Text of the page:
The film opens with Jim Baldwin (Chick Chandler), a reporter, in court for the sentencing of a man who gets the death penalty based on circumstantial evidence. Alongside Jim is Adrienne (Shirley Grey),a court artist for their newspaper.
Jim feels strongly that a conviction with no direct evidence should never lead to the death penalty. He persuades his friend Fred (Arthur Vinton),a columnist for their paper,to join him in a scheme which will result in Jim being convicted of murder.
They use the fact that both Jim and Fred want to marry Adrienne (though she’s made it clear to Fred that Jim’s the one). They pretend to fight in front of witnesses and Jim starts carrying a gun. On the night Fred is throwing a party at his house, Jim makes sure he is seen at a nearby gas station, then lets one of the party see him looking in one of Fred’s windows.
When they all leave,Jim drives up and he and Fred put the plan into action. Fred has a skeleton (only silly part of the film) and Jim puts one of his cufflinks on it. Fred will fire a bullet into the skeleton with Jim’s gun, then set it on fire. Then Fred will disappear to San Francisco. His house going on fire doesn’t seem to bother Fred. I guess he’s insured.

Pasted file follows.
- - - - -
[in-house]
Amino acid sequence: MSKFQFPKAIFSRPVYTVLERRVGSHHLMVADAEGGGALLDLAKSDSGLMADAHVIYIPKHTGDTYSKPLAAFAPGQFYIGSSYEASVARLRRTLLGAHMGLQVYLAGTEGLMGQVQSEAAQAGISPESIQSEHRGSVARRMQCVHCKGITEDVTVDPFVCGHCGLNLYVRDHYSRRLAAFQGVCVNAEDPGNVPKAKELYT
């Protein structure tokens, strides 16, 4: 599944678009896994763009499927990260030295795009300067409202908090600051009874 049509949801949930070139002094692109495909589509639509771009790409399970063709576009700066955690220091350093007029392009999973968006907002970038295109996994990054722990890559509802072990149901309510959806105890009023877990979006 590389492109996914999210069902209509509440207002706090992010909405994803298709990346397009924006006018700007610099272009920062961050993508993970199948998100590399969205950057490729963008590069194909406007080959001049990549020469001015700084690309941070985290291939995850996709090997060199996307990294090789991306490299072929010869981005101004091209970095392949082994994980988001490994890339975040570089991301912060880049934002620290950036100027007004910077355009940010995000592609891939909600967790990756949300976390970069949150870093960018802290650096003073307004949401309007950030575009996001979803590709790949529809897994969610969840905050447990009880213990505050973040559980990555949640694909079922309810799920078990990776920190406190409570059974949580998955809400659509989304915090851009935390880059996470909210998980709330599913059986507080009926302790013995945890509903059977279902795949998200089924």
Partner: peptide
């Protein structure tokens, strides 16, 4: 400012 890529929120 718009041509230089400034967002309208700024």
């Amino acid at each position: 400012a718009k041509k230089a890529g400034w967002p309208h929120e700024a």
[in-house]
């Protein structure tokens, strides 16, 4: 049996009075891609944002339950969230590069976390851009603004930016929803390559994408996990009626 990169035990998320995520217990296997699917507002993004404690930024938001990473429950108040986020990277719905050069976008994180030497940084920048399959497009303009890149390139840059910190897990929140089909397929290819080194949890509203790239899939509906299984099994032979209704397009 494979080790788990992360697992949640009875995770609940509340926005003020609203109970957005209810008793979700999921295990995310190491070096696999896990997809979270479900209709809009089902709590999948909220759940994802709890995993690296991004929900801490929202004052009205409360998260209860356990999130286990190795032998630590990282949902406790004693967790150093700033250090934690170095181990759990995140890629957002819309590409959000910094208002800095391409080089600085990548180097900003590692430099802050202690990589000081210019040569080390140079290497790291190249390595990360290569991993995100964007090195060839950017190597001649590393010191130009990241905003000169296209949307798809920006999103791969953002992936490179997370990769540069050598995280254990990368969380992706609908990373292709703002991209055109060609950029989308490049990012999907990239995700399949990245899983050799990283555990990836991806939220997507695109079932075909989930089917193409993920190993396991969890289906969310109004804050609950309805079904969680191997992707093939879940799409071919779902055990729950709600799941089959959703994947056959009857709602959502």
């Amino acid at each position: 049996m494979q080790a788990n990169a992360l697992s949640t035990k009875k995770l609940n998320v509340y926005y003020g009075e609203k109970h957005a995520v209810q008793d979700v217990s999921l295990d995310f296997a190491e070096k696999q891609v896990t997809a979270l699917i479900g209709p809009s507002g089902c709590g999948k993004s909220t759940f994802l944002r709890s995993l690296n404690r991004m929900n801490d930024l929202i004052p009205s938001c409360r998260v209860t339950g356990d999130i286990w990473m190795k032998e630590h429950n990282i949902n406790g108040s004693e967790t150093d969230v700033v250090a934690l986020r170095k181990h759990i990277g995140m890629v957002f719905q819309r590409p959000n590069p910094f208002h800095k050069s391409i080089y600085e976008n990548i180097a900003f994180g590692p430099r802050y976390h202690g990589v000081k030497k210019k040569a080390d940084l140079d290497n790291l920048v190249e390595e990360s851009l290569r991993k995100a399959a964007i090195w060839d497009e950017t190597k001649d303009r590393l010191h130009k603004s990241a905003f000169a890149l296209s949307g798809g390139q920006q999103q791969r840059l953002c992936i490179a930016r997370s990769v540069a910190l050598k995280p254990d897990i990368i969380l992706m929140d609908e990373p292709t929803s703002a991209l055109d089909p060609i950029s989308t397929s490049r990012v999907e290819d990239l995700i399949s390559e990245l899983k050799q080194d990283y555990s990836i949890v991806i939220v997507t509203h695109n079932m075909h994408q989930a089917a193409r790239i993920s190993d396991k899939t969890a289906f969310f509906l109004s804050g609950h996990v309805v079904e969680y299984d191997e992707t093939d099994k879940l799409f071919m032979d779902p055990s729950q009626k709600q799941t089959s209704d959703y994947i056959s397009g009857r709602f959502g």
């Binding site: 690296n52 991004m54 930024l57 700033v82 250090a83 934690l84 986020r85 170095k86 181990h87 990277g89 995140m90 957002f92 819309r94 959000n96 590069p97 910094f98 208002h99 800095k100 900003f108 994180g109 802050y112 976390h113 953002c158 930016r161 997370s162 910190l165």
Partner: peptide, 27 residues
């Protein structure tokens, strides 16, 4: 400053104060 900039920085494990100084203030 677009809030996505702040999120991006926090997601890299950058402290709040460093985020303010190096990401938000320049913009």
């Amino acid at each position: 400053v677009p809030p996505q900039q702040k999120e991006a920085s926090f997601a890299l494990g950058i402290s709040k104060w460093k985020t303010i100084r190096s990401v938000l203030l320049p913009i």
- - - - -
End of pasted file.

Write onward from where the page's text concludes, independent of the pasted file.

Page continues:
But things start to unravel when we see Fred opening his passport and showing an airline ticket for Paris. He has no intention of returning and proving Jim’s innocence ( all because of losing Adrienne to Jim. I know, weak, but Fred’s not the nice guy Jim thinks he is).
Just as Fred shoots into the skeleton (Jim has left), another shot rings out and Fred drops dead.
Even with a letter signed by Fred,Jim is soon tried and convicted. Adrienne goes to the Governor but he wont relent.
The news editor Spike (Lee Moran) finds out Fred has been romancing Mrs. Winters (Dorothy Revier), Her husband Mr.Winters (Claude King) isn’t pleased.
Of course Jim gets off and the real murderer is revealed (Take your pick, Mr or Mrs. Winters).
It’s a fast 67 minutes, not in the same class as Beyond a Reasonable Doubt, but I enjoyed it, especially since it’s one of Chick Chandler’s very few leading roles. He’s maybe too lightweight as a crusader against capital punishment, but I liked him, and Shirley Grey was good support.
There’s also a variation on this theme in 1945’s film of the same name, starring Lloyd Nolan. Wouldn’t mind seeing that.